Although you came from different backgrounds, did you and the kabuki people manage to develop a close relationship?

Yes, I think the actors understood what I intended to do when they saw the actual stage with the theatrical effects and the mirror sets, and I got the feeling they trusted me a bit more. The process of putting on a new play with many new people is similar to a romantic relationship. We had to go on several dates before we could appreciate each other.

You said that Kikunosuke asked you to do "Twelfth Night" from the beginning, but if you could choose any Shakespeare play, which would you select?

I think I would do a tragedy. For example, "King Lear" or "Macbeth" might be easier to do, but "Twelfth Night" was the perfect choice to make the most of Kikunosuke, since he could play a young manly prince and also, at the same time, he could play a beautiful princess.

What do you think about the Kabuki-za as a venue?

Before, I didn't realize how close the stage is to the the auditorium, so it makes for good theater to see each actor's face and expression. But I was perturbed to see that the stage is very wide. So I introduced the mirrors so that from any seat you can see what's happening on the stage from the reflections. Even people in the balcony seats could enjoy a good view, and moreover they can enjoy a different view from the people in the stalls.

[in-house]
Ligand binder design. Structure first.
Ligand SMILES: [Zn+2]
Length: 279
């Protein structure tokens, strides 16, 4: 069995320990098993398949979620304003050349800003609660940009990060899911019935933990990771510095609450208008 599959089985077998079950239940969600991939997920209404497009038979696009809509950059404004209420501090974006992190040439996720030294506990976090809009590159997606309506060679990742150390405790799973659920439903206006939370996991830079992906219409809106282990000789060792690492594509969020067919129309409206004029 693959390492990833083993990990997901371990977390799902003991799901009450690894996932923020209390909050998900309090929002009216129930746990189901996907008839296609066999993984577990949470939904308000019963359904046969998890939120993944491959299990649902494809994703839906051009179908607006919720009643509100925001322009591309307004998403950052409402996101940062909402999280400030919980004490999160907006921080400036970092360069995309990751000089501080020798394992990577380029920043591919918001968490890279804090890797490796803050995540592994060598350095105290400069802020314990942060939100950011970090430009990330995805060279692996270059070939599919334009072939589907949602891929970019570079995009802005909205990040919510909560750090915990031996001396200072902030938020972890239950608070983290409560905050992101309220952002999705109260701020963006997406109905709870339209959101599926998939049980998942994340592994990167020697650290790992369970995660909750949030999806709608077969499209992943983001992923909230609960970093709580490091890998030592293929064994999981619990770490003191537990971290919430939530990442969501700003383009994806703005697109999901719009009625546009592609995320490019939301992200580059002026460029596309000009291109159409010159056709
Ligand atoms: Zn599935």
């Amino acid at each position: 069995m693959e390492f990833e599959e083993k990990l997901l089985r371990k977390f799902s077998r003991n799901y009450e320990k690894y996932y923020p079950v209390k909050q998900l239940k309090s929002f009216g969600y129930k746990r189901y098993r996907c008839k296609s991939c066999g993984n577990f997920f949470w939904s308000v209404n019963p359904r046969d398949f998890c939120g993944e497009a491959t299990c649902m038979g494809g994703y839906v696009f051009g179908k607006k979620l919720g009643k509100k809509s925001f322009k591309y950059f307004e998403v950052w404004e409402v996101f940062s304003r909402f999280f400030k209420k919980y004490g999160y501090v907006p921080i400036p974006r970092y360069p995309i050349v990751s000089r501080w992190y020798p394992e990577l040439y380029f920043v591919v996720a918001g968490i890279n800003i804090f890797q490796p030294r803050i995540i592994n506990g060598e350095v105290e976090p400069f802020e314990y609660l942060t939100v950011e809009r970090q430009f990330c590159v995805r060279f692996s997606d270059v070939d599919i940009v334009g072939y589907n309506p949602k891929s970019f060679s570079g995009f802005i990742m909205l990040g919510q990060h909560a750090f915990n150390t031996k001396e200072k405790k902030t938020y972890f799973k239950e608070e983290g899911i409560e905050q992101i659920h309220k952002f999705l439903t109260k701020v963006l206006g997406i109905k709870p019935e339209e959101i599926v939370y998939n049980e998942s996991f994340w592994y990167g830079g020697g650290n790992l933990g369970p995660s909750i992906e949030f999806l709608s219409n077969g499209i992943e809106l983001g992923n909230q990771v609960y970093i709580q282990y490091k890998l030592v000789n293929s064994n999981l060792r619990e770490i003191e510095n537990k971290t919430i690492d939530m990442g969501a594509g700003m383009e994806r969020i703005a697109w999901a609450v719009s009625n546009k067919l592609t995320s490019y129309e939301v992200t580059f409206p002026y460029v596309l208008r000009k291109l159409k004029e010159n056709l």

How did you feel after you made the decision to direct "Twelfth Night."

After I said yes to Kikunosuke, I kept thinking "I do not want to do this, I do not want to do it." Honestly, it was a real bother for me. Because I was doing some other productions at the same time, I initially just started collecting information about kabuki and piling it on a desk. At that time there were four desks with different projects.

What were you thinking as you sat in the audience on opening night?

I understood that kabuki is a special event for people. People come to the Kabuki-za to escape from their daily lives and they dress up for this special occasion and participate in this event in a role that is called the "audience." They spend almost a day here and socialize with their friends. The people in the dress circle area are especially dressed up, as they know the other people in the audience can see them, and the audience members walk around the red-carpeted lobby area as if they are actors and actresses. From that, I understood that the kabuki stage must be aesthetically beautiful. Visual beauty is the first requirement of the kabuki stage.

Secondly, I was very pleased to see the actors' progress. Basically, Shakespeare is completely different from kabuki, as his plays are very rational and logical, whereas kabuki is more visual and physical drama. For the actors, I think it was initially quite hard to get a handle on such a different approach to drama, but now it's getting better and better. In particular, after a few performances, the production became more profound and the actors' emphasis and timing became better matched to the story. . . . [Quickly adapting] is a genuine talent of kabuki actors.

While kabuki obviously wanted a breath of fresh air from the contemporary theater world, there is also a desire in the contemporary theater world to learn from kabuki and collaborate more. Do you think this production will benefit Japanese contemporary theater?